Friday, January 23, 2015

Jeff Gordon makes one last Drive for Five


Credit Charlotte Bray / Skirts and Scuffs
When the green flag waves at Daytona in 2016, a new chapter of NASCAR history will begin. One without Jeff Gordon behind the wheel of the No. 24 for Hendrick Motorsports. 

He carefully avoided the “r” word in his press conference Thursday, but sitting beside car owner and partner Rick Hendrick, Gordon announced the 2015 season will be his last to compete for a Sprint Cup championship. 

“I always said I wanted to step away on my own terms if possible, and I want to be competitive out there, and I hoped that I could do that all the way through my final year,” said Gordon.  

“This is the right time. I think it really became clear about halfway through last season that it was definitely going to be. Rick kept talking me into going longer and longer and longer. And I kept saying, ‘No, I think this is the year. I think this is the year.'"

"Finally about halfway through last year I said, ‘No. This is it, Boss,’ and we agreed and the timing was good for me, good for Hendrick and other opportunities that are out in front of us.” 

The four-time champion ended the 2014 season with four wins to bring his career total to 92, third on NASCAR's all-time list. His streak of 761 consecutive Cup starts leads all active drivers, and is only trailing the all-time leader Ricky Rudd by 27 green flags. 

Gordon has never missed a Cup race, and he's never driven one for anyone other than Rick Hendrick. He's never driven any Cup car other than the No. 24. 

Many fans suspected that Gordon would step down after the 2015 season when Hendrick extended Kasey Kahne’s contract for three seasons. After all, Chase Elliott will need a Cup ride in 2016, and NASCAR rules only allow an owner to field four full-time teams. 

Hendrick refused to be baited into confirming plans for Elliott, though. 

“We're going to kind of focus on Jeff and what he's accomplished, and then at a later time we'll kind of focus on who is going to be in the car.” 

Don’t expect 2015 to be a farewell tour, though. For the upcoming season, Gordon’s goal is to finally win that elusive fifth championship. He’s not happy about having not won under the Chase format. He’d like nothing better than to hang up his helmet next to a Sprint Cup trophy, so he’s avoiding all the hoopla that would accompany such a season.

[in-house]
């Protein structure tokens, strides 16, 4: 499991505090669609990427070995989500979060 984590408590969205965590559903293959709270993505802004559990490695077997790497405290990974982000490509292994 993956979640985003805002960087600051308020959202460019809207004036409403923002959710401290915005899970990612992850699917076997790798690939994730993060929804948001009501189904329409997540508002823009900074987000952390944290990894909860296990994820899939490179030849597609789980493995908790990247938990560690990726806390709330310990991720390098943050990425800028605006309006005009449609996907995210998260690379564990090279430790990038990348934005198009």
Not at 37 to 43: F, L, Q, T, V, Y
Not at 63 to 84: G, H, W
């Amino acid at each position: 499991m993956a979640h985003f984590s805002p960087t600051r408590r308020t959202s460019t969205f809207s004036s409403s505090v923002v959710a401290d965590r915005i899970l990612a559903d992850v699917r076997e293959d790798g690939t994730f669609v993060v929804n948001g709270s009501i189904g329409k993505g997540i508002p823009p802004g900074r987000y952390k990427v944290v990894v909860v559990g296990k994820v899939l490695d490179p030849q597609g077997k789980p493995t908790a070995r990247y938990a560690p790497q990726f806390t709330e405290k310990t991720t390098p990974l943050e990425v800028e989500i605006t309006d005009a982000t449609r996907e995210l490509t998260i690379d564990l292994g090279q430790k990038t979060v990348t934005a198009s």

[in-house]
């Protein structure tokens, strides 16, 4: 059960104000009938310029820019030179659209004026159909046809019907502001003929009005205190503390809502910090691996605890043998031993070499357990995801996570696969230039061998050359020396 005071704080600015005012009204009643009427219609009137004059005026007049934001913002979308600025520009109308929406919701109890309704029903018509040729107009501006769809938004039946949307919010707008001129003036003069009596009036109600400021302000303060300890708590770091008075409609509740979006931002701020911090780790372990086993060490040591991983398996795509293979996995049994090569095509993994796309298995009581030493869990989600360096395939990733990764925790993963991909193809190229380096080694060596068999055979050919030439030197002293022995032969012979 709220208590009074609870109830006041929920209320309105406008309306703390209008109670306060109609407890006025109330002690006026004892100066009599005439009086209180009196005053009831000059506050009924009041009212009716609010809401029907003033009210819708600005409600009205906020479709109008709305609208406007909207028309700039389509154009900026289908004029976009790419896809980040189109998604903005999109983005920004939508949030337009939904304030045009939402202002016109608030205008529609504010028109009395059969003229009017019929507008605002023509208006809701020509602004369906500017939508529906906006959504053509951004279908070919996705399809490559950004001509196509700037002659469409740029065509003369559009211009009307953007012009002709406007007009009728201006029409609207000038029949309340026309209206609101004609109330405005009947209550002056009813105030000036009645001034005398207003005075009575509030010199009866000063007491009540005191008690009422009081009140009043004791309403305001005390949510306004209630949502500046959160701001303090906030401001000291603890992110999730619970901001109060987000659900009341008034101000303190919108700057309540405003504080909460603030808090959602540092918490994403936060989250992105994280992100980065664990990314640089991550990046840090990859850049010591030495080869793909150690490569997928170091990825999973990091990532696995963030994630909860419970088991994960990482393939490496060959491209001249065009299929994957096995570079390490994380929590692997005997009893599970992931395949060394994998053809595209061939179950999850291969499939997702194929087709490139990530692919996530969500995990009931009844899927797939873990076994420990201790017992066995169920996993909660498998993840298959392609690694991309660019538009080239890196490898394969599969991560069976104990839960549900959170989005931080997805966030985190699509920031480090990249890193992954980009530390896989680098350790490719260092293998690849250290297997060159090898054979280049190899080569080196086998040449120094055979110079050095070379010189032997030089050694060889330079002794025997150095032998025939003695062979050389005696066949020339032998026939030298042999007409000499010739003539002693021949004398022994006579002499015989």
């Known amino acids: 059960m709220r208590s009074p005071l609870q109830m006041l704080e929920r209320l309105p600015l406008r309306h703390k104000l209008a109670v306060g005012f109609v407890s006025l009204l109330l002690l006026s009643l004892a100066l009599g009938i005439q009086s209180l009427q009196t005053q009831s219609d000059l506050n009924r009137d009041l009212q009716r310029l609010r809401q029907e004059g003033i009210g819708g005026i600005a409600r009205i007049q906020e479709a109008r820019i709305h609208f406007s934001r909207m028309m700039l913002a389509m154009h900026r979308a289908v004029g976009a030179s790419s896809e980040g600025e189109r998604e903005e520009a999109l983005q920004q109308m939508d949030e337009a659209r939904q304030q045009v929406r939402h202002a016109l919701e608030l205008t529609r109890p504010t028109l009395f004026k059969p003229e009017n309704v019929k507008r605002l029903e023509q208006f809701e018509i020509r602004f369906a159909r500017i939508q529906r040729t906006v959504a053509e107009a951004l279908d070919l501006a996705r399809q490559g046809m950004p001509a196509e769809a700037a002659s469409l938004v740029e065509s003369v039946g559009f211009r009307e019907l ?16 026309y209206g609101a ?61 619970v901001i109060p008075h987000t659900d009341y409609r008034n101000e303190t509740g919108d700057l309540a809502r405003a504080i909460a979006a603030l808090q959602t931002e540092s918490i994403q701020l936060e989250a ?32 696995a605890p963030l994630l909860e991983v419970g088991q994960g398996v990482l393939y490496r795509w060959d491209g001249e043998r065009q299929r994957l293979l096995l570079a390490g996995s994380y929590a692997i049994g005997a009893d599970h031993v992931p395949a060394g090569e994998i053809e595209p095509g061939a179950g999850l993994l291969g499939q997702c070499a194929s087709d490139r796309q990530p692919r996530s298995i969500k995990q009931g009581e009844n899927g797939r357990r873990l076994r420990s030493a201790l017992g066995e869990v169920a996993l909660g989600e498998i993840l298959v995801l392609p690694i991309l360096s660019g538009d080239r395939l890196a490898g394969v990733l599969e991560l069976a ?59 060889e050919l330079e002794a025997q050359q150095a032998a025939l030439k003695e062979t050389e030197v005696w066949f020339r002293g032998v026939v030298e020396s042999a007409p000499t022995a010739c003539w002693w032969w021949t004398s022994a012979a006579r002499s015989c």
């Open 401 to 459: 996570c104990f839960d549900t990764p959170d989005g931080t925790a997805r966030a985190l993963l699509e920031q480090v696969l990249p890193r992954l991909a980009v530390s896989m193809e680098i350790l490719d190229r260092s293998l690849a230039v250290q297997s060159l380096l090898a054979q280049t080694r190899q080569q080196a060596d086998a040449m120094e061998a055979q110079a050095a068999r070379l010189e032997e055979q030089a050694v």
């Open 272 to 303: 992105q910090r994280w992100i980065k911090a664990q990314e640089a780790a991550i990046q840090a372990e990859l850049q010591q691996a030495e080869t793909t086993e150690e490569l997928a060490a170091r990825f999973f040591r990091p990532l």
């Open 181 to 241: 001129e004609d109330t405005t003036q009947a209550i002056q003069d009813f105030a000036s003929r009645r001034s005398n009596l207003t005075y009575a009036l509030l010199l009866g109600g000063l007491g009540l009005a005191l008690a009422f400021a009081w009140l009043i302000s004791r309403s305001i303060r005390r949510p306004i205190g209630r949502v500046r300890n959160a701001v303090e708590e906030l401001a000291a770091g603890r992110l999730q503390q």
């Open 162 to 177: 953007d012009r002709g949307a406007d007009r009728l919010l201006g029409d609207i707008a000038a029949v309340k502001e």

“It really bums me out I haven't won one under this format,” Gordon said. “We've been close, but haven't won it, and I'm using that as motivation in this final season to run for the championship and to go out there and get it done."

“I want my focus to be on driving that race car to the best of my ability, and I don't think that you can do that and try to have this retirement or sign off type of festivities every weekend. So my plan is that I'll be back at the track in 2016 doing all kinds of things with the fans.” 

Gordon has no plans to slow down, though he won’t be behind the wheel of a Cup car. “That's not me. I plan on working …. I'm actually going to have to get a real job now.” 

He didn’t rule out driving again. "I want to leave myself open, as well, to be able to get in a car. It doesn't have to be a Cup car. It could be an (Xfinity) car. It could be a truck. It could be a prototype for Le Mans or the Rolex. It might not be any of those things,” Gordon said. “I think the chances are pretty good that Homestead will be the last race that you see me in. But, again, I don't know that for a fact. But I know that I'm not going to come back and do a part‑time schedule.”

When asked about his legacy and how he wants to be remembered, Gordon said, “I think of who my heroes were when I was growing up: A.J. Foyt, Rick Mears, Al Unser, Steve Kinser, Doug Wolfgang ... I grew up in an open‑wheel arena where I grew up in California is all about Sprint Car racing and the Indy 500. It wasn't until much later that I started watching NASCAR.”

“So what drew me to those legends and those guys and their legacy was how many races they won. I love the fact that those guys won four Indianapolis 500s and championships and that they were great race car drivers." 

 "Quite simply, I'll be happy if people recognize me as a great race car driver because that's all I ever wanted to be.”

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